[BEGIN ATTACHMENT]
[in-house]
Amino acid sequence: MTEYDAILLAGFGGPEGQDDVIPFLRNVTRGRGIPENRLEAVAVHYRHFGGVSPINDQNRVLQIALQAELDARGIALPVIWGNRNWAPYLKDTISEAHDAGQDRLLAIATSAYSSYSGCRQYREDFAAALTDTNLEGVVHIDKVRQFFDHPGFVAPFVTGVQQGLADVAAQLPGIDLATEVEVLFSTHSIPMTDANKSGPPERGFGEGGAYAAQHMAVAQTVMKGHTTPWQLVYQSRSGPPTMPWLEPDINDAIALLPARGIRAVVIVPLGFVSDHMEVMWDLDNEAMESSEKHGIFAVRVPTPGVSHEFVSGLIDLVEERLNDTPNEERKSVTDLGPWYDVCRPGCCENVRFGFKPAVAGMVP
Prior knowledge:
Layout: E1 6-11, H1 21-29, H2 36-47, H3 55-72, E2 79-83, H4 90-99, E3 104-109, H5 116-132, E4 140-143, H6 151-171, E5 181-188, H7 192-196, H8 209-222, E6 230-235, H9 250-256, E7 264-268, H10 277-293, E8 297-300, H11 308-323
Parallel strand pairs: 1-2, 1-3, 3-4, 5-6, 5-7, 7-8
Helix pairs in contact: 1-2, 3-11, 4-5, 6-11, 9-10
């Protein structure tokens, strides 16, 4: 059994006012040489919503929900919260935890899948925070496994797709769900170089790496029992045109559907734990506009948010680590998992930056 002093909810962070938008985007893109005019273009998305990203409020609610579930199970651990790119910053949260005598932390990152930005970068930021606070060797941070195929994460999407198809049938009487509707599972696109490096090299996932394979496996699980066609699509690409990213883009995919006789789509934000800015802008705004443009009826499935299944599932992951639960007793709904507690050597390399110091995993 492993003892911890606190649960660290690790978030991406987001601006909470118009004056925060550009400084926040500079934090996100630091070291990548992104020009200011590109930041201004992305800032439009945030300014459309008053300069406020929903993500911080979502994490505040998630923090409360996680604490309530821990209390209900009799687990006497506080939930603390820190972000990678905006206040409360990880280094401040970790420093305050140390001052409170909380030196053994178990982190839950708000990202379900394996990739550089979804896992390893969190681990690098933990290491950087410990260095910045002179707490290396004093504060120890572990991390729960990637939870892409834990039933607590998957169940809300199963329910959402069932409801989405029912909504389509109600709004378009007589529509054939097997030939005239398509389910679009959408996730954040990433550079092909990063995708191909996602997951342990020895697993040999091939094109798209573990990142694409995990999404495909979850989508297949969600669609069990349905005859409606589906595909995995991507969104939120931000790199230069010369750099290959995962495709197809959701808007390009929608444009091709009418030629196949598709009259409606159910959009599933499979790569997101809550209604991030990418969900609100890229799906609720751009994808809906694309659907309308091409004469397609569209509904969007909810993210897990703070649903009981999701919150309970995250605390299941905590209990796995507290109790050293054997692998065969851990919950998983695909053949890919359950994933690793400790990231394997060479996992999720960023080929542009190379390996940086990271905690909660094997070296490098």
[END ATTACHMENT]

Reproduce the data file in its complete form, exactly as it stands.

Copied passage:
[in-house]
Amino acid sequence: MTEYDAILLAGFGGPEGQDDVIPFLRNVTRGRGIPENRLEAVAVHYRHFGGVSPINDQNRVLQIALQAELDARGIALPVIWGNRNWAPYLKDTISEAHDAGQDRLLAIATSAYSSYSGCRQYREDFAAALTDTNLEGVVHIDKVRQFFDHPGFVAPFVTGVQQGLADVAAQLPGIDLATEVEVLFSTHSIPMTDANKSGPPERGFGEGGAYAAQHMAVAQTVMKGHTTPWQLVYQSRSGPPTMPWLEPDINDAIALLPARGIRAVVIVPLGFVSDHMEVMWDLDNEAMESSEKHGIFAVRVPTPGVSHEFVSGLIDLVEERLNDTPNEERKSVTDLGPWYDVCRPGCCENVRFGFKPAVAGMVP
Prior knowledge:
Layout: E1 6-11, H1 21-29, H2 36-47, H3 55-72, E2 79-83, H4 90-99, E3 104-109, H5 116-132, E4 140-143, H6 151-171, E5 181-188, H7 192-196, H8 209-222, E6 230-235, H9 250-256, E7 264-268, H10 277-293, E8 297-300, H11 308-323
Parallel strand pairs: 1-2, 1-3, 3-4, 5-6, 5-7, 7-8
Helix pairs in contact: 1-2, 3-11, 4-5, 6-11, 9-10
């Protein structure tokens, strides 16, 4: 059994006012040489919503929900919260935890899948925070496994797709769900170089790496029992045109559907734990506009948010680590998992930056 002093909810962070938008985007893109005019273009998305990203409020609610579930199970651990790119910053949260005598932390990152930005970068930021606070060797941070195929994460999407198809049938009487509707599972696109490096090299996932394979496996699980066609699509690409990213883009995919006789789509934000800015802008705004443009009826499935299944599932992951639960007793709904507690050597390399110091995993 492993003892911890606190649960660290690790978030991406987001601006909470118009004056925060550009400084926040500079934090996100630091070291990548992104020009200011590109930041201004992305800032439009945030300014459309008053300069406020929903993500911080979502994490505040998630923090409360996680604490309530821990209390209900009799687990006497506080939930603390820190972000990678905006206040409360990880280094401040970790420093305050140390001052409170909380030196053994178990982190839950708000990202379900394996990739550089979804896992390893969190681990690098933990290491950087410990260095910045002179707490290396004093504060120890572990991390729960990637939870892409834990039933607590998957169940809300199963329910959402069932409801989405029912909504389509109600709004378009007589529509054939097997030939005239398509389910679009959408996730954040990433550079092909990063995708191909996602997951342990020895697993040999091939094109798209573990990142694409995990999404495909979850989508297949969600669609069990349905005859409606589906595909995995991507969104939120931000790199230069010369750099290959995962495709197809959701808007390009929608444009091709009418030629196949598709009259409606159910959009599933499979790569997101809550209604991030990418969900609100890229799906609720751009994808809906694309659907309308091409004469397609569209509904969007909810993210897990703070649903009981999701919150309970995250605390299941905590209990796995507290109790050293054997692998065969851990919950998983695909053949890919359950994933690793400790990231394997060479996992999720960023080929542009190379390996940086990271905690909660094997070296490098």